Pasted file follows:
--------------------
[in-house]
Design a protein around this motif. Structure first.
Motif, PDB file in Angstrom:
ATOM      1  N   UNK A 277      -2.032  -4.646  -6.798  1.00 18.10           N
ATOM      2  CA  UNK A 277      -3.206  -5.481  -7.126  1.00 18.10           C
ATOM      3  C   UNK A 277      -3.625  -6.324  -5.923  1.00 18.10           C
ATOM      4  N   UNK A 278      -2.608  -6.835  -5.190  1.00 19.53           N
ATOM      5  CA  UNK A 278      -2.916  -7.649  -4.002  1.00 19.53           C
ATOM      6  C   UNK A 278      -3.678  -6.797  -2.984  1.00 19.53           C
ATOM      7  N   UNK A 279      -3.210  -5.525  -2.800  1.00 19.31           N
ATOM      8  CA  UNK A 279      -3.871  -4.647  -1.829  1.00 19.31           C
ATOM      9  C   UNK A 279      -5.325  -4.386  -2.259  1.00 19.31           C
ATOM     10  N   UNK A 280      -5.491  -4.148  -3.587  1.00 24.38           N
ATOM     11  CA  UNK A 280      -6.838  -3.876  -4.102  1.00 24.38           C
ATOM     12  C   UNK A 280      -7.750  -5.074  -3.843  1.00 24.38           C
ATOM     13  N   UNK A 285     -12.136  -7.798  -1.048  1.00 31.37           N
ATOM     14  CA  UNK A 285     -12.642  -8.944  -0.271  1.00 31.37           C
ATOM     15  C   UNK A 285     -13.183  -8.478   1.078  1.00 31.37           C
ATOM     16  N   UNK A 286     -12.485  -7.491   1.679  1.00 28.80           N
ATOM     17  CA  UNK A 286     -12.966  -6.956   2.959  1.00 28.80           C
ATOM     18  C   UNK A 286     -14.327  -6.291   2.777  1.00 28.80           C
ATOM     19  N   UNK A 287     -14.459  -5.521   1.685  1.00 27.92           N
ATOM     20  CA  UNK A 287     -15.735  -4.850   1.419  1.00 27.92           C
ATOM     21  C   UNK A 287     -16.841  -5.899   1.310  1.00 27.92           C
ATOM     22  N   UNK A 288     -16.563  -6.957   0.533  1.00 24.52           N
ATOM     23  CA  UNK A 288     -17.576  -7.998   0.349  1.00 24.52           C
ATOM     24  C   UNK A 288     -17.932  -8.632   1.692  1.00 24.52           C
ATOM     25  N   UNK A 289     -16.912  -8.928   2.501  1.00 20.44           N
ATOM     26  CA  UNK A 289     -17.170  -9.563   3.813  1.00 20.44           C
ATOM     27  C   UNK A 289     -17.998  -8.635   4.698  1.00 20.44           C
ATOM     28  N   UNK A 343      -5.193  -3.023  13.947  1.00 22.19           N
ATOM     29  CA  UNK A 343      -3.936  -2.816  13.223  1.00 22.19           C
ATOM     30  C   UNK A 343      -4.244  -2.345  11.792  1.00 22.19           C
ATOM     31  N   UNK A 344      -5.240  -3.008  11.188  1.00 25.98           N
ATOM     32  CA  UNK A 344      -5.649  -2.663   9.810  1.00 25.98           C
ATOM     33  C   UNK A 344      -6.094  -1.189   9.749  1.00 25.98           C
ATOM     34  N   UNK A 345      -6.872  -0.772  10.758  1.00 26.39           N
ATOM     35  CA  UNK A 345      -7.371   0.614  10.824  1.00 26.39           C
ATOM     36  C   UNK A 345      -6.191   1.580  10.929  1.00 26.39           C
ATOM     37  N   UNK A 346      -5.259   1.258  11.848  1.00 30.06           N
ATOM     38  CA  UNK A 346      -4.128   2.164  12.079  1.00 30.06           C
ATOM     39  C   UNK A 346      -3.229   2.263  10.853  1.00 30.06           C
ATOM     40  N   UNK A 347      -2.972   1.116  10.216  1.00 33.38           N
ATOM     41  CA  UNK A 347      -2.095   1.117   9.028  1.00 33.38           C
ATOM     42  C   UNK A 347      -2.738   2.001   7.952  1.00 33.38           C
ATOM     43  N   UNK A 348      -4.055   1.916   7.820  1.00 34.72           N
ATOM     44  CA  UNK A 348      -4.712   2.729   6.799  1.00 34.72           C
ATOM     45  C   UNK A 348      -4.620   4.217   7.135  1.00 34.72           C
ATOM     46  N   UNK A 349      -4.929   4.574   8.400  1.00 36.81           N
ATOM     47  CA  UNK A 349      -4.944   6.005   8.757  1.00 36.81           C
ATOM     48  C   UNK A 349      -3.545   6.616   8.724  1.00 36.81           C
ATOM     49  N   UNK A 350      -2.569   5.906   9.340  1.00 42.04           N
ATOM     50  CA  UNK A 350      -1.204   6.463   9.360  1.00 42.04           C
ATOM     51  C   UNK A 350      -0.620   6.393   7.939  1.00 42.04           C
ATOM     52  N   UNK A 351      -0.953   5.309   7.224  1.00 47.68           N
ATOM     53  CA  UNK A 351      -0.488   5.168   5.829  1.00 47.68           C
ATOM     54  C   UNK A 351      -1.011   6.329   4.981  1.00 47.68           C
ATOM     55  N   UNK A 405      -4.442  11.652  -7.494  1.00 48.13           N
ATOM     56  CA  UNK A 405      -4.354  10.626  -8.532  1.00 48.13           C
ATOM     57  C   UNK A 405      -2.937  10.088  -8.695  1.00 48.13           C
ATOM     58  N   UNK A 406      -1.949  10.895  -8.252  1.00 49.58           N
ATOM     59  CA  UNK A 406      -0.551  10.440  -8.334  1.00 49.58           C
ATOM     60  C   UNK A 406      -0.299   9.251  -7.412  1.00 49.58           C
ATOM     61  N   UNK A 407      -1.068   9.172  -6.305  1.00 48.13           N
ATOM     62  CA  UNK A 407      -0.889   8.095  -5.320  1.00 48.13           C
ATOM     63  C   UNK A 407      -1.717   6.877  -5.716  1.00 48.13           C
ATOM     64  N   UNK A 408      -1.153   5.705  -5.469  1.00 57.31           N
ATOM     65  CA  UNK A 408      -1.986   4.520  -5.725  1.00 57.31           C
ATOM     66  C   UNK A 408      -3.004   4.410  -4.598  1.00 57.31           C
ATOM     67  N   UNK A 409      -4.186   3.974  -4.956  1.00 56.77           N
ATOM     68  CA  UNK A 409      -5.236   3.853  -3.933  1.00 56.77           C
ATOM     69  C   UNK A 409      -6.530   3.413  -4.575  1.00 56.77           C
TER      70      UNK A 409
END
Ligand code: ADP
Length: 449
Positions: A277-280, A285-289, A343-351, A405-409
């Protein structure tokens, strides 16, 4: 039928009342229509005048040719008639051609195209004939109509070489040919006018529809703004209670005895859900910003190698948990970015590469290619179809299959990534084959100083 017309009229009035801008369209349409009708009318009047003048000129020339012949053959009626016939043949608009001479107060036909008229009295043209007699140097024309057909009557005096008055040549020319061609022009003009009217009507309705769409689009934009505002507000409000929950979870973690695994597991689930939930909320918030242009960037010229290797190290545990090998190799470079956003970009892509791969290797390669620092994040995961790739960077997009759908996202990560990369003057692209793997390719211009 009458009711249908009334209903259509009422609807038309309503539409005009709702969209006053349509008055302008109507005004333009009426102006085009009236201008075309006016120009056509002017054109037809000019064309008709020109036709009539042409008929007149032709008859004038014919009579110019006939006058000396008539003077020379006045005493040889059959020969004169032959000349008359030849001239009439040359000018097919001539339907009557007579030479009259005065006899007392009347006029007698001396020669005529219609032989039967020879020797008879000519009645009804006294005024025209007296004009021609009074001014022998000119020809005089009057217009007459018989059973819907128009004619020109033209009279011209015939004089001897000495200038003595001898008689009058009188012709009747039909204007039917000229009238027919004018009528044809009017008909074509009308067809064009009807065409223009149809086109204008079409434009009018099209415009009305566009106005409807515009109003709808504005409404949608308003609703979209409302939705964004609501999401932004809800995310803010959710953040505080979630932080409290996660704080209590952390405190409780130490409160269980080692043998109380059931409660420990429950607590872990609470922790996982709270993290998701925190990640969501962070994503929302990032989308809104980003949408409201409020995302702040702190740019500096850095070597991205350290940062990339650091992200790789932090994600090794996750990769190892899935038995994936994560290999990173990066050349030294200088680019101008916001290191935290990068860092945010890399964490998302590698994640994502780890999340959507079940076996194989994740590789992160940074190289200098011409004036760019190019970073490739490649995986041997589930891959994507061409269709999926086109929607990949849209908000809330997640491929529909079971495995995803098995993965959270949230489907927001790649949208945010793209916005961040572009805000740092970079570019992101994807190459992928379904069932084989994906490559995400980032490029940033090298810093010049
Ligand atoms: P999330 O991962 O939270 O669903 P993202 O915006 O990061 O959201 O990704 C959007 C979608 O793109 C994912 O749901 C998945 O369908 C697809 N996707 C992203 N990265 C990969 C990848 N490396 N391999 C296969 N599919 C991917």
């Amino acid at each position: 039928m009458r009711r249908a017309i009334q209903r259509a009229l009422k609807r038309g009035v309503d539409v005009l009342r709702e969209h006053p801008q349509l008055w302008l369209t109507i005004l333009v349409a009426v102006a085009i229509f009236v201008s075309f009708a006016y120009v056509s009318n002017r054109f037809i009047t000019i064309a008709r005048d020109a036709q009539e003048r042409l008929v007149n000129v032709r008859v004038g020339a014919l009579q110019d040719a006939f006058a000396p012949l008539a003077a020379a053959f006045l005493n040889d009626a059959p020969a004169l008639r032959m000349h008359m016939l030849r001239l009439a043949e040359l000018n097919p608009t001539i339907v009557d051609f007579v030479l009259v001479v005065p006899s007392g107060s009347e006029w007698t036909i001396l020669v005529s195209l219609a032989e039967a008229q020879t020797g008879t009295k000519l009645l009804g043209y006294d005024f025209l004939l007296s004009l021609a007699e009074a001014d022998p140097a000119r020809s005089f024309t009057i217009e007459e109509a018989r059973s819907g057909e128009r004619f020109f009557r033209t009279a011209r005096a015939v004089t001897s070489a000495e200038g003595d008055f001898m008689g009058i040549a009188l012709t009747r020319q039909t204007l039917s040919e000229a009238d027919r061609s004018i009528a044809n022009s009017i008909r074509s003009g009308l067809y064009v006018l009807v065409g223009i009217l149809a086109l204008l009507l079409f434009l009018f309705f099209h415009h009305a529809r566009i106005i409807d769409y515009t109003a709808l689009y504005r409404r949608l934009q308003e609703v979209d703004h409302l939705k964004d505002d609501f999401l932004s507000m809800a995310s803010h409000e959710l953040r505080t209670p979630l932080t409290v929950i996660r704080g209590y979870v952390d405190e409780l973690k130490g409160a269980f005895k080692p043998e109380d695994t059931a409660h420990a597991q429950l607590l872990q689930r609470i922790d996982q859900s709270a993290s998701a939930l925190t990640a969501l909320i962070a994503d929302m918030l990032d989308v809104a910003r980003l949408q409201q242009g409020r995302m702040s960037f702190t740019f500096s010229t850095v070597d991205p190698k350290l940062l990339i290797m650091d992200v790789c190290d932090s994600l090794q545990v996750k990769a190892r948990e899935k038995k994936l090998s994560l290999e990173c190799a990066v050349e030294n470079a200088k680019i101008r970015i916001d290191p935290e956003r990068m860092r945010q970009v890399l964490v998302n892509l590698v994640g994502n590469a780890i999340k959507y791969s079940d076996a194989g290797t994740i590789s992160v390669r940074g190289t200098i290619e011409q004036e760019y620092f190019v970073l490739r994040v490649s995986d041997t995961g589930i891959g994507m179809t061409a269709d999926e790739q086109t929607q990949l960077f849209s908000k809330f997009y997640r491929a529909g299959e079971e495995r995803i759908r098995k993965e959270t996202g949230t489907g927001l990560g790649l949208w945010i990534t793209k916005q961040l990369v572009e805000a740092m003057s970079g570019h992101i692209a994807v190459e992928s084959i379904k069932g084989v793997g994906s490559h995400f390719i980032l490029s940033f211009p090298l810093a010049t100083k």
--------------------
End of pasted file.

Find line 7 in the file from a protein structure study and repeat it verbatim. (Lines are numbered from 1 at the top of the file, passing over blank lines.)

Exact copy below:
ATOM      4  N   UNK A 278      -2.608  -6.835  -5.190  1.00 19.53           N